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3d Printed Open Source and Open Hardware Modular Synthesizer
Musician and suond designer José Luis Gonzalez Castro has a lot of experience with video game sound effects and creation, which paved the way for his current project. Castro is working to develop an 8-bit, reprogrammable modular synthesizer, which he dubbed the miniMO, that’s almost entirely 3D printed. Every piece of the synthesizer, even the breadboard, was 3D printed, with the exception of the components.
Castro’s goal was to make an affordable modular system, and all of the pieces and components are open source and open hardware, so others can give “this kind of synthesis a try without spending a lot of money.”
He went through multiple 3D printed prototypes before he considered designing a PCB, and said that he would not have been able to turn the miniMO into reality without the use of 3D printing.
From 2009 to 2016 he worked to make it more portable. He began the PCB-based model design, which would also help him keep costs down.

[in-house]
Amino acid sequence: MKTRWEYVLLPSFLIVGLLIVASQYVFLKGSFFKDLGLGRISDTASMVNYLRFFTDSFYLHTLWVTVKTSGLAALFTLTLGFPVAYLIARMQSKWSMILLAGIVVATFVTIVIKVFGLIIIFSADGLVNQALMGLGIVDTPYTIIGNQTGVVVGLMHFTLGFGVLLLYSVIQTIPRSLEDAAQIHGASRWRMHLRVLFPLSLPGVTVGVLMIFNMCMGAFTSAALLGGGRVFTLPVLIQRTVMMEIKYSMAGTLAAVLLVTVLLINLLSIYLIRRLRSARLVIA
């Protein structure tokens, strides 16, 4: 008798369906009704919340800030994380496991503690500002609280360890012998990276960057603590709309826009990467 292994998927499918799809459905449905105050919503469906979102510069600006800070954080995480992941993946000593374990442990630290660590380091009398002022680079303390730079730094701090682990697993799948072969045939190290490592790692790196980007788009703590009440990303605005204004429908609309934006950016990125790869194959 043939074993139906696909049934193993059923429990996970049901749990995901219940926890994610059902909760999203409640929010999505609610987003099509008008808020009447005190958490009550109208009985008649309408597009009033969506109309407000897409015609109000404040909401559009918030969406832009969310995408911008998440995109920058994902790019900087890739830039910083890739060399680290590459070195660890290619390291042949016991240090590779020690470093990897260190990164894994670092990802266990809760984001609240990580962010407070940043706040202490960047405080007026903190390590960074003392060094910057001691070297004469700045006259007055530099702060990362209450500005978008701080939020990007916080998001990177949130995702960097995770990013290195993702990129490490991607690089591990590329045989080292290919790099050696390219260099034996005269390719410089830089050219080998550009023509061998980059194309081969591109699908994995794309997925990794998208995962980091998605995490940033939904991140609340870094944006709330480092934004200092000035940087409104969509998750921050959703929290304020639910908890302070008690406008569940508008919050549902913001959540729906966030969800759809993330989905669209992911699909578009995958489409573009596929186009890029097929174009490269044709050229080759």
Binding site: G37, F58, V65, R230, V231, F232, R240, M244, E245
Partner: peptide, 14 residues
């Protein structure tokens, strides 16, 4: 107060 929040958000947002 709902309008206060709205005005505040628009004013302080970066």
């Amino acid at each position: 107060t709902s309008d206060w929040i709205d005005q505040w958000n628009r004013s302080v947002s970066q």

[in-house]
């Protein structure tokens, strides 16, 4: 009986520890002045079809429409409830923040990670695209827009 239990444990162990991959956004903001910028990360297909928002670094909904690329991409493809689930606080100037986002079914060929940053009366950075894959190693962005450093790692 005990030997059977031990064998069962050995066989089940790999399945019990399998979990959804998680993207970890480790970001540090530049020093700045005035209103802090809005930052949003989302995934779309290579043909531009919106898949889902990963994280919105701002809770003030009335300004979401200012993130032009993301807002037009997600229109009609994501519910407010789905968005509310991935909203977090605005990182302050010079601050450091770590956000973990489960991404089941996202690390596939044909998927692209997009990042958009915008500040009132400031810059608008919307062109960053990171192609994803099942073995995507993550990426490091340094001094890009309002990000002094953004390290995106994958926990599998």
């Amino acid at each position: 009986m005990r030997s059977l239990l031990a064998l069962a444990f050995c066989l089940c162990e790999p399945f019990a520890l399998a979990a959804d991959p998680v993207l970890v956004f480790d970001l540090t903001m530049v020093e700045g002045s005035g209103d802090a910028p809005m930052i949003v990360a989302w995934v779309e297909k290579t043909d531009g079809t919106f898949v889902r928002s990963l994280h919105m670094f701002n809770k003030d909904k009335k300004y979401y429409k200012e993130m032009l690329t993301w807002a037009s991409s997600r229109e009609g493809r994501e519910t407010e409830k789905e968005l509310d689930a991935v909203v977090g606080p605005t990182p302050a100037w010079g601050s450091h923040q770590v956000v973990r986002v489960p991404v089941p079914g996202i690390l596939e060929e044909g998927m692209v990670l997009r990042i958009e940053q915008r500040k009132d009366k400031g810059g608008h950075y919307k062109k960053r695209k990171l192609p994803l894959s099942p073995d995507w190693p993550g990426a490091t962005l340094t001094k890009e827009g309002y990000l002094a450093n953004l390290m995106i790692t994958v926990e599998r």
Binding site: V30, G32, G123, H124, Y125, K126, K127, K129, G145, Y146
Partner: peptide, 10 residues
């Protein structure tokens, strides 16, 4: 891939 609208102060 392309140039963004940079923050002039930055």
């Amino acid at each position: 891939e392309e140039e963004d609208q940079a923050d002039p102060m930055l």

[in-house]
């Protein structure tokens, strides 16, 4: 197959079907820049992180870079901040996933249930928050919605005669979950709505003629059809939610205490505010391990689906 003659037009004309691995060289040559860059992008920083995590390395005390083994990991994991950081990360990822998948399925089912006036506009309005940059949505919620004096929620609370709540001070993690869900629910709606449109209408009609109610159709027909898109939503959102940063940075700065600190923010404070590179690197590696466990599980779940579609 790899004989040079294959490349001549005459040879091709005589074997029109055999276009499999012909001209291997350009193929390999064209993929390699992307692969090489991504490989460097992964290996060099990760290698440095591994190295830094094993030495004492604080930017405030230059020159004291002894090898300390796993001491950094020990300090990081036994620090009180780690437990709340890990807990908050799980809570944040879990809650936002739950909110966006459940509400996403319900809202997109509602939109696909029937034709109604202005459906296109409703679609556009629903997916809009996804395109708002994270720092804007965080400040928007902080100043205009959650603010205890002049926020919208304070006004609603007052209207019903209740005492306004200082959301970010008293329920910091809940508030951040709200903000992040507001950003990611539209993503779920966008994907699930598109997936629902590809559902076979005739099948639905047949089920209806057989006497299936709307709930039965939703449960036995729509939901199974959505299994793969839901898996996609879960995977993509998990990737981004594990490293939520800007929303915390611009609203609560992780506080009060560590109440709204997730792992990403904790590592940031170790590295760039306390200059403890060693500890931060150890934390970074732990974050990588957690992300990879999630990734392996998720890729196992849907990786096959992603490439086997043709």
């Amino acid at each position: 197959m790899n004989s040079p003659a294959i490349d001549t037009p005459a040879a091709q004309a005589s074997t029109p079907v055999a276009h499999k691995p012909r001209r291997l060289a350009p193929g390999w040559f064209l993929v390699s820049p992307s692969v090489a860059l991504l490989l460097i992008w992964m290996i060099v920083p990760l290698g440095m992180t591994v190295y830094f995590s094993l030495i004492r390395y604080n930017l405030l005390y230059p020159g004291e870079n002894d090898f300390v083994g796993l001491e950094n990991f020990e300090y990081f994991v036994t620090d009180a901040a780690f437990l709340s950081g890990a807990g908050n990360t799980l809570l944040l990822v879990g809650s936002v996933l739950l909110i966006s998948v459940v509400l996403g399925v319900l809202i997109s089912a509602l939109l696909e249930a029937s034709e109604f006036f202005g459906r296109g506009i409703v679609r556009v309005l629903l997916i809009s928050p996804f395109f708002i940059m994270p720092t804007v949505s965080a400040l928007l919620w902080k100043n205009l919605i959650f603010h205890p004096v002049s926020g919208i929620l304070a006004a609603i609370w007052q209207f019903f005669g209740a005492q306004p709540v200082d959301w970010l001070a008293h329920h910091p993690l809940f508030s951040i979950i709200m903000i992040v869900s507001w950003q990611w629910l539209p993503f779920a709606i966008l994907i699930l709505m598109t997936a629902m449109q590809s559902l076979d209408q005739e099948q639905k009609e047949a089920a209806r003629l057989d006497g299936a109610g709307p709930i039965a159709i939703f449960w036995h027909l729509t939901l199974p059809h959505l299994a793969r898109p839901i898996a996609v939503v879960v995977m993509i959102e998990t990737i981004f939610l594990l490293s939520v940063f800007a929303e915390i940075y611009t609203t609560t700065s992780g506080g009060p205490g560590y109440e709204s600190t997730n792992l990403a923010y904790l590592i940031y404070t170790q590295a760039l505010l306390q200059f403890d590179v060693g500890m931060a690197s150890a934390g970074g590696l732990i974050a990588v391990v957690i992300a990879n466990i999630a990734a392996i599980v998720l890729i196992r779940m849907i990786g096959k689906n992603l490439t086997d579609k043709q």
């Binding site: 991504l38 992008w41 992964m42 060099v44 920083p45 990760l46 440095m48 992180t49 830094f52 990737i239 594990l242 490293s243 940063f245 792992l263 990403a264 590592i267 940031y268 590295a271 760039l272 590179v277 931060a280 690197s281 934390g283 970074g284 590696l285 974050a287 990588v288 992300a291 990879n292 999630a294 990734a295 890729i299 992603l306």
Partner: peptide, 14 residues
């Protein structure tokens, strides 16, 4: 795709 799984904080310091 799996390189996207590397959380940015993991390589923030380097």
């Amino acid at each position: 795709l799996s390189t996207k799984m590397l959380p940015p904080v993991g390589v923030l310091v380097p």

This year, Castro updated the breadboard version, re-designing it with the same constraints that the PCB model has, and no soldering is required. He calls this 3D printed 5 x 5 x 4.5 cm model the ‘Noisette,’ and wrote an extensive step-by-step guide on how to build and program the miniMO, which includes a bill of materials, a link to the Github repository, and a schematic of the PCB version. He began the project as open source, and gradually moved to open hardware as well.
The Noisette features the same processor (ATtiny85), internals and ports as the PCB-based model, and it operates just like it, including programming from an Arduino. Unlike the PCB model, the Noisette doesn’t easily switch between internal and external power sources, but it runs on two (CR2032) batteries in parallel for extended operation time.
Take a look at Castro’s video demo below: